Saturday, February 25, 2012

Go into the Place of Your Pain

No thanks.

I can't.

I don't want to.

It is a waste of time.

My father wouldn't approve of this waste of time - an excellent excuse not to make this journey, this Wounded Heart journey, don't you think?

As I prepare for Week 4, our dining room table is again a complete mess.

Yesterday, I sat in a rocking chair not to far from this table and cried as I read The Inner Voice of Love by Henri Nouwen. A friend is reading it too. She and her husband brought me the book this week, left it on our front porch with Cheetos and Oreos and dark chocolate, my comfort foods. She is in my prayer group, one of the women picking up the pieces of me, assuring me that God - our Father - would approve of this journey.

The thing that is killing me is that there is no pattern of classically defined abuse, physical or sexual, no incest or satanic rituals. And yet I am crying.

I am crying because there are isolated incidents, like the Little Red Riding Hood joke told to me by my high school teacher, exposure to the provocative images of women in Play Boy magazine at age 12, an ongoing battle with my father over my hair in sixth grade when my confidence is already badly shaken by middle-school boys who define beauty as NOT ME - a time when life is so very awkward anyway, without being a girl taller than everyone around her, a girl who wants to shrink and slouch, who is expected to play basketball because she is tall and finds she is completely uncoordinated too, suffering the shame of going up for a jump shot in her first game and coming back down with the ball still in her hands.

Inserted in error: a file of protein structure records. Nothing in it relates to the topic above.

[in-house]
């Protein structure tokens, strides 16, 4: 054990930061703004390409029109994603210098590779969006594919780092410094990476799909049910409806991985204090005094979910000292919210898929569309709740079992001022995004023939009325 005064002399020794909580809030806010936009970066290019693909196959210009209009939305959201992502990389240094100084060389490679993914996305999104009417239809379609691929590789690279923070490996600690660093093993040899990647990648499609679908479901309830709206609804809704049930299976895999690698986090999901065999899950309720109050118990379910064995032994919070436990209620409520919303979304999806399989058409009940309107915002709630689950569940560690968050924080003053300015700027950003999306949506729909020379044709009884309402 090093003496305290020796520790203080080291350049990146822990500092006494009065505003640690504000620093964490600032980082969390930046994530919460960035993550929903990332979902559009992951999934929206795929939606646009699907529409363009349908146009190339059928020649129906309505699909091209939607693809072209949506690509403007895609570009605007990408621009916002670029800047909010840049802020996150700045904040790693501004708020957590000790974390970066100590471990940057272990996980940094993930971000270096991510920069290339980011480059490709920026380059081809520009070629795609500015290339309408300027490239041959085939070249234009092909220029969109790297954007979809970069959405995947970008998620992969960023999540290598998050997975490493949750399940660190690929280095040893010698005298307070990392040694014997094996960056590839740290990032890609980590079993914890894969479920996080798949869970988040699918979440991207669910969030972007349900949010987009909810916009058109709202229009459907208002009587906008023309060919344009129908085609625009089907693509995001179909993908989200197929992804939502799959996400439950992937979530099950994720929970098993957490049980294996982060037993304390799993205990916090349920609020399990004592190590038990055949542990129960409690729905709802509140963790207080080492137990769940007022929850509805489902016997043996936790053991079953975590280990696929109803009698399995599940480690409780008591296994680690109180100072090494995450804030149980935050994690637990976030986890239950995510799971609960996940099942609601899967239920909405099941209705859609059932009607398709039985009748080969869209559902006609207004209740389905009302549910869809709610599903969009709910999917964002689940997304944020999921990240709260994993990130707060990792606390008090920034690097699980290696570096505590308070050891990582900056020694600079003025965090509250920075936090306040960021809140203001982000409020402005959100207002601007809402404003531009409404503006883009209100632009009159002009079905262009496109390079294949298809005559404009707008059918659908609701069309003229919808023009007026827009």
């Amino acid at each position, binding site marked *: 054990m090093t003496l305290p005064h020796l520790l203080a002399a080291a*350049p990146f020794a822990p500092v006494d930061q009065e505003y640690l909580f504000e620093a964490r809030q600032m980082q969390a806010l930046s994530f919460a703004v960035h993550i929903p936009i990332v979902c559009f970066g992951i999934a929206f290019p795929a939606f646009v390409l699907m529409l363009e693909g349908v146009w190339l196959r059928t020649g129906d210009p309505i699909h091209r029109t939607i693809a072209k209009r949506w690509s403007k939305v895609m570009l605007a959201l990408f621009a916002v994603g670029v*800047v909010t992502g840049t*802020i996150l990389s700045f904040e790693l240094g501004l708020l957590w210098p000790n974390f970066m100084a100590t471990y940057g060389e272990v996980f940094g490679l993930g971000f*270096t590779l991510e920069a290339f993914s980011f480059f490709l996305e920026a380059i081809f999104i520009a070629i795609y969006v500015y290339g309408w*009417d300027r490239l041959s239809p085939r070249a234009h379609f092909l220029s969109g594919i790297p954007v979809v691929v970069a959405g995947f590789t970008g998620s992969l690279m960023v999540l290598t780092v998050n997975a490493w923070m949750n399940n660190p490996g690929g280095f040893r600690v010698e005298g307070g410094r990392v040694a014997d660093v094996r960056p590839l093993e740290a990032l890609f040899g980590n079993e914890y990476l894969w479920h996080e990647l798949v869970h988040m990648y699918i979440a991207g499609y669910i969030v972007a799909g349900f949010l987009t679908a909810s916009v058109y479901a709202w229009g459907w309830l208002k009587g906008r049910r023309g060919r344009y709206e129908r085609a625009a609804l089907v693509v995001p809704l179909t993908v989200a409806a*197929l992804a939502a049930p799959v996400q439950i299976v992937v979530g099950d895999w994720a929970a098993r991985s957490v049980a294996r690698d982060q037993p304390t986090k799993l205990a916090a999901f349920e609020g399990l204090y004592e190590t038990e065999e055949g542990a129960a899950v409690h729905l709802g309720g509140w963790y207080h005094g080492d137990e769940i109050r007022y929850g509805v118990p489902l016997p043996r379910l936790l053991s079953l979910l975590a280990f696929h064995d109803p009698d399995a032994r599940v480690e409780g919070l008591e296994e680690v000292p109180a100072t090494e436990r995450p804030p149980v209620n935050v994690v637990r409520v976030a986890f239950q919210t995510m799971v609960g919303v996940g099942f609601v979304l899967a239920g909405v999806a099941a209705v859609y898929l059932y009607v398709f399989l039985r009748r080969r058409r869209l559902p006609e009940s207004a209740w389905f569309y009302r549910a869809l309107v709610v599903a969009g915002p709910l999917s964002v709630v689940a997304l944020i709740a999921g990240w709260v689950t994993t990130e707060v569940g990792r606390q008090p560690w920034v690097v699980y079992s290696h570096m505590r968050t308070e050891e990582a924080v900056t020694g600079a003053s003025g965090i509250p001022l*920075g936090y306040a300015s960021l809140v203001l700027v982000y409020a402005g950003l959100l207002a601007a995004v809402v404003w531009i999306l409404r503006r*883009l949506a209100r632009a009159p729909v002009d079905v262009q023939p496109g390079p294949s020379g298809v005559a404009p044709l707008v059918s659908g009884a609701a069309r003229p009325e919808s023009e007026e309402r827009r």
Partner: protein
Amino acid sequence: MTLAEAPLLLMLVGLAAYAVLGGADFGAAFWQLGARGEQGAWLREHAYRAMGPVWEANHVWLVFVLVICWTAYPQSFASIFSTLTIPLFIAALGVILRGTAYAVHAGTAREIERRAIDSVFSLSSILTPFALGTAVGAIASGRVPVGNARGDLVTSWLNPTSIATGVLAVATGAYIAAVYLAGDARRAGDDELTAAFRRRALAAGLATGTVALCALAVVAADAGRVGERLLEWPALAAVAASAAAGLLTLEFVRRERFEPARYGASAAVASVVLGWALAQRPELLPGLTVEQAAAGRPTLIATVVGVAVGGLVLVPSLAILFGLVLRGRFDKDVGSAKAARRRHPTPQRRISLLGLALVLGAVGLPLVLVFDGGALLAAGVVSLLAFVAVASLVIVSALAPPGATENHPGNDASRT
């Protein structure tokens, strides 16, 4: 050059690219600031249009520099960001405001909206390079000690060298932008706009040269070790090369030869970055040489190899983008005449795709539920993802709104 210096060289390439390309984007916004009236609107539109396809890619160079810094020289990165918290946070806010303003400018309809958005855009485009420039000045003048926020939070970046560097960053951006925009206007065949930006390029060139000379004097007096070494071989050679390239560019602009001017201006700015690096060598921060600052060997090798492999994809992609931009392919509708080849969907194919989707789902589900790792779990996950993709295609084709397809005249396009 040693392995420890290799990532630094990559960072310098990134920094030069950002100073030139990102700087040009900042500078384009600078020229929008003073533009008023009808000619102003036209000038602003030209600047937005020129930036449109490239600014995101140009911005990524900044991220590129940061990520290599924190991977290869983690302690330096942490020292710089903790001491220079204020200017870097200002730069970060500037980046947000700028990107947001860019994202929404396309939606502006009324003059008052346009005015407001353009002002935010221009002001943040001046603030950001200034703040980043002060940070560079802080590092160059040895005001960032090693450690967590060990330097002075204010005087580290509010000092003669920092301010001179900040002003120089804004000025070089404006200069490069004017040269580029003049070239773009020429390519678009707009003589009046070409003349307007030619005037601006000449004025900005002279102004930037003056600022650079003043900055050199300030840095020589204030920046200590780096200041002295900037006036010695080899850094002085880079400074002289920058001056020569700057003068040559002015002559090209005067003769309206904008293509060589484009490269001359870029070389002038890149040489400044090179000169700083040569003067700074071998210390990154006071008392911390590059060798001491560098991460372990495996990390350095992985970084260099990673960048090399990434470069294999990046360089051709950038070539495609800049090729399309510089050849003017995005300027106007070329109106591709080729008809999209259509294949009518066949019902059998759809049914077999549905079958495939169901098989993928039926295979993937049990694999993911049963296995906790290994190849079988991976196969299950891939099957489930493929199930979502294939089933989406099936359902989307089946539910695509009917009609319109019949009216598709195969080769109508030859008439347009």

I am crying because I am so blessed. I am blessed by plastic bubbles of Grace that seem to surround me each step of the way, a pattern of God protecting me when I am unable to protect myself.

On page 26 of The Inner Voice of Love, Henri Nouwen writes:

Go into the Place of Your Pain ... the experience of not receiving 
what you most need ... a place of emptiness where you feel sharply 
the absence of the love you most desire. To go back to that place 
is hard, because you are confronted there with your wounds 
as well as your powerlessness to heal yourself.

I devoured Nouwen's words in one bite, one sitting, in spite of his strong suggestion in the Preface to take it slowly, a page or two a day, over time.
I returned the book to my friend, dropped it off at her house, picked up a hug from her husband, my friend - the man who drove her get away car the day she left the gift bag on my front porch, a man who knows my story.

We are powerless to heal ourselves. I am powerless to heal myself.

God knows this. Papa is there, has been there, every step of the way.

Jesus looked directly at them and asked,  
“Then what is the meaning of that which is written:
“‘The stone the builders rejected has become the cornerstone’?
Everyone who falls on that stone will be broken to pieces; 
anyone on whom it falls will be crushed.” 
—Luke 20:17-18 NIV

I am broken to pieces, crushed. And within this journey, within this Wounded Heart journey, my Father is reaching out to embrace me.

You have to begin to trust that your experience of emptiness 
is not the final experience, that beyond it is a place 
where you are being held in love.  
—Henri Nouwen, The Inner Voice of Love more


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